Allegheny County Courthouse plans renovations
By Bobby Kerlik
Published: Wednesday, March 6, 2013, 10:15 p.m.
Allegheny County Executive Rich Fitzgerald said Wednesday he is planning to renovate the 125-year-old historic courthouse but has few details on the extent of the renovations, the cost or how the county will pay for it.
Fitzgerald introduced a committee of current and former county officials, including former Executives Dan Onorato and Jim Roddey, who will study potential renovation projects at the Grant Street edifice.
“I don't think it will be from the county budget. We're looking for private foundation money, state and corporate donations,” Fitzgerald said. “We're going to do the renovations as quickly as we can; as quickly as we can pay for it. There might be some capital money (from the county).”
He estimated renovations would cost “tens of millions of dollars.”
Fitzgerald didn't lay out any specific projects but mentioned problems with a leaky roof, old windows and the heating and ventilation system.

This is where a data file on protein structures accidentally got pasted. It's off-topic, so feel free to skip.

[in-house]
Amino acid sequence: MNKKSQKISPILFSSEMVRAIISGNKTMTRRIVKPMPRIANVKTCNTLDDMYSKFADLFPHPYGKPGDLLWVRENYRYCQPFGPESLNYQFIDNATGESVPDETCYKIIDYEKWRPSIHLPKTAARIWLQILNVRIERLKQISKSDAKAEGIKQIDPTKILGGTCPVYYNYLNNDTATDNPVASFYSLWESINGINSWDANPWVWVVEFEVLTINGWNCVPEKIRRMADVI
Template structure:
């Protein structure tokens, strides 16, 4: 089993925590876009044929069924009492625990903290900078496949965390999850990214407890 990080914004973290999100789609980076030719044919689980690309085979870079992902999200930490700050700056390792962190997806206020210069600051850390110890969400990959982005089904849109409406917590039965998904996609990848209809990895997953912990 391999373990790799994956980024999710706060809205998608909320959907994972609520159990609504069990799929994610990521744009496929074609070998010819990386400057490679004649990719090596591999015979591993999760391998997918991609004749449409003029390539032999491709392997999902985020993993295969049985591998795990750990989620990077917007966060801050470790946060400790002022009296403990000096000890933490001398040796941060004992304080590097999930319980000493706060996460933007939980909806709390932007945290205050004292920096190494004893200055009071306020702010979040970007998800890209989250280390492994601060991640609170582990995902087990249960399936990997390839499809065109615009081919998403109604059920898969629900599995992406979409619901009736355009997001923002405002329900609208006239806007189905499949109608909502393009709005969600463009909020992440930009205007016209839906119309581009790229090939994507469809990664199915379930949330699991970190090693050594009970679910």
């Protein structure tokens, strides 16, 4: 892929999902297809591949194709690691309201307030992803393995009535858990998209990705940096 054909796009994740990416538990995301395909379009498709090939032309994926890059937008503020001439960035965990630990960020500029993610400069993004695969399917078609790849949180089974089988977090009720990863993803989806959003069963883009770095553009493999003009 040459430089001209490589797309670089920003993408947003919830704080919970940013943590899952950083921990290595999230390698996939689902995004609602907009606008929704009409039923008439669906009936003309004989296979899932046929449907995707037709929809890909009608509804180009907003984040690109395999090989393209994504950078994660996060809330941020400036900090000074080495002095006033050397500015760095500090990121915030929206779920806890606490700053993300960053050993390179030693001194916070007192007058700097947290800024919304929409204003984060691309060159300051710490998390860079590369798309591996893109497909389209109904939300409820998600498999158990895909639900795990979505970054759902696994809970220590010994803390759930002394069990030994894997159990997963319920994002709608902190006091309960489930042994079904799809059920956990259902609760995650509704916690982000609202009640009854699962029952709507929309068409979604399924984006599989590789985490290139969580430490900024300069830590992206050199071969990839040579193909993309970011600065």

“The first things are the roof and the HVAC system,” said Common Pleas Judge Jeffrey A. Manning, a member of the committee. “I've been in this courtroom 20 years, and that pillar right outside the door has been rehabbed four to five times because of the leaking roof.”
The Pittsburgh History & Landmarks Foundation has worked with the county to restore the building, including first-floor murals, benches and light fixtures.
Fitzgerald's spokeswoman, Amie Downs, said the county is paying 50 percent of the costs to fix the ornate cornice on the City-County Building, across Forbes Avenue. Downs said that money had been allocated and won't affect courthouse renovations. City officials said last year it would cost $4 million to fix the crumbling cornice.
The courthouse, designed by famous architect Henry Hobson Richardson, was completed in April 1888, though Richardson had died. The rounded arches and open-air courtyard showcase a maze of windows and ornate stairwells and is considered Richardson's defining building. It was built for $2.34 million to replace the courthouse destroyed by fire in 1882.
Bobby Kerlik is a staff writer for Trib Total Media. He can be reached at 412-320-7886 and firstname.lastname@example.org.
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